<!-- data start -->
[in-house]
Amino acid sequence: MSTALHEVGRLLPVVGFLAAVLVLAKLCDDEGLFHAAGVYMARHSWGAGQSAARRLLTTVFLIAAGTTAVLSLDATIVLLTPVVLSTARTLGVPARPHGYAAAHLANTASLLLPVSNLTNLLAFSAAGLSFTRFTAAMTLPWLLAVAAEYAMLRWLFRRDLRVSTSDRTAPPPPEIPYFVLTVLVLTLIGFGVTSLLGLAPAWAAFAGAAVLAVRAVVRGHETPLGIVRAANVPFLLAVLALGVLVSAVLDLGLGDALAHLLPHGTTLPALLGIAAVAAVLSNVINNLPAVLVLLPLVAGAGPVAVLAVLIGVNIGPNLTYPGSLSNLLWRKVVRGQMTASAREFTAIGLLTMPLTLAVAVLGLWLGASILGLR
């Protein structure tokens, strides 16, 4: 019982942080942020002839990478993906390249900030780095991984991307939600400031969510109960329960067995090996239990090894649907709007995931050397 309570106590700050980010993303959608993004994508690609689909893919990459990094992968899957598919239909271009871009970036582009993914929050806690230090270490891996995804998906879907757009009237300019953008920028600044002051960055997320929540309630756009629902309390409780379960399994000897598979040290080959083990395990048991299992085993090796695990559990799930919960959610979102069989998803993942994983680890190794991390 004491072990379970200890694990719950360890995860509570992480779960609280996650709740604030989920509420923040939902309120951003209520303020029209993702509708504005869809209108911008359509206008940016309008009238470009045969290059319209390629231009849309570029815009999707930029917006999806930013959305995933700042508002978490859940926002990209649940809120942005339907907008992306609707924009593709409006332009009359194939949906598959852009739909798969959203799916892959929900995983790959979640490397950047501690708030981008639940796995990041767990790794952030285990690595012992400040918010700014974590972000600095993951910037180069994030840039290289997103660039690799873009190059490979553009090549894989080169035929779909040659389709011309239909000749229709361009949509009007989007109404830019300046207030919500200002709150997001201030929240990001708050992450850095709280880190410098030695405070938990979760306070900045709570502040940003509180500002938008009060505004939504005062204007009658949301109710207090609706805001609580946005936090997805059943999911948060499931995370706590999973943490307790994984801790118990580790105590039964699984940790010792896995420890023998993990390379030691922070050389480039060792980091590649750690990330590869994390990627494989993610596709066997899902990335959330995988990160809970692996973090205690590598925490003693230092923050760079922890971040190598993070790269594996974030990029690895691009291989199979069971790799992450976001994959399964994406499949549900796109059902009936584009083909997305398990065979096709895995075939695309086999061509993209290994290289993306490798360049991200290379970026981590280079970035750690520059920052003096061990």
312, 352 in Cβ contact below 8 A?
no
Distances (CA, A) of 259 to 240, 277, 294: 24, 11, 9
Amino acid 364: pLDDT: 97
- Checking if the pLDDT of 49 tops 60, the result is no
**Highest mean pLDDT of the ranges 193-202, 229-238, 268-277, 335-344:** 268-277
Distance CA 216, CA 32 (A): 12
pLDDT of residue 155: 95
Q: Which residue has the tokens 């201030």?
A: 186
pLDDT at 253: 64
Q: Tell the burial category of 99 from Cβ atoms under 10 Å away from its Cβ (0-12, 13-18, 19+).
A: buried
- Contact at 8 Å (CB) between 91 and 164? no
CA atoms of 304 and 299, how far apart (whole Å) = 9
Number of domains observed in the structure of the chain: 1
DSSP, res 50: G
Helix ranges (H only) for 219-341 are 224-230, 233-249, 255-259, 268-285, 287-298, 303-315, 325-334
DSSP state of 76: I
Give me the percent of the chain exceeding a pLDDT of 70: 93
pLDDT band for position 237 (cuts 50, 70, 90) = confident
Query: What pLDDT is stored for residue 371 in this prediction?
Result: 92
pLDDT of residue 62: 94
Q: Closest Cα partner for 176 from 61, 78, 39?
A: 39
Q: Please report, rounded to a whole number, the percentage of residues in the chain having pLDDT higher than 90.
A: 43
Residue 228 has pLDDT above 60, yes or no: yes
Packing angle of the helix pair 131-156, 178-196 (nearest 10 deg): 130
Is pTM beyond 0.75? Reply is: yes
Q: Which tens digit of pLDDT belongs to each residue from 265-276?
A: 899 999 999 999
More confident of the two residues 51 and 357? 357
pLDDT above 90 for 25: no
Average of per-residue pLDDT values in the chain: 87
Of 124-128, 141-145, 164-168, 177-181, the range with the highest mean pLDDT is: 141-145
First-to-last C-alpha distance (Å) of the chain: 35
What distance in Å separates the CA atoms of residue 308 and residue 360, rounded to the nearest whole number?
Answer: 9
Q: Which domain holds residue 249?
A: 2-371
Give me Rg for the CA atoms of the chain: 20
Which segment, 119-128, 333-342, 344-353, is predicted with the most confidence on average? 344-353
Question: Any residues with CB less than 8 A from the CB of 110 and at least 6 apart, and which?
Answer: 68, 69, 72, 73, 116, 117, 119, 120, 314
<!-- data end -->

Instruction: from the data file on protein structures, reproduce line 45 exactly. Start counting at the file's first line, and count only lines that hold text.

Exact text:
A: 2-371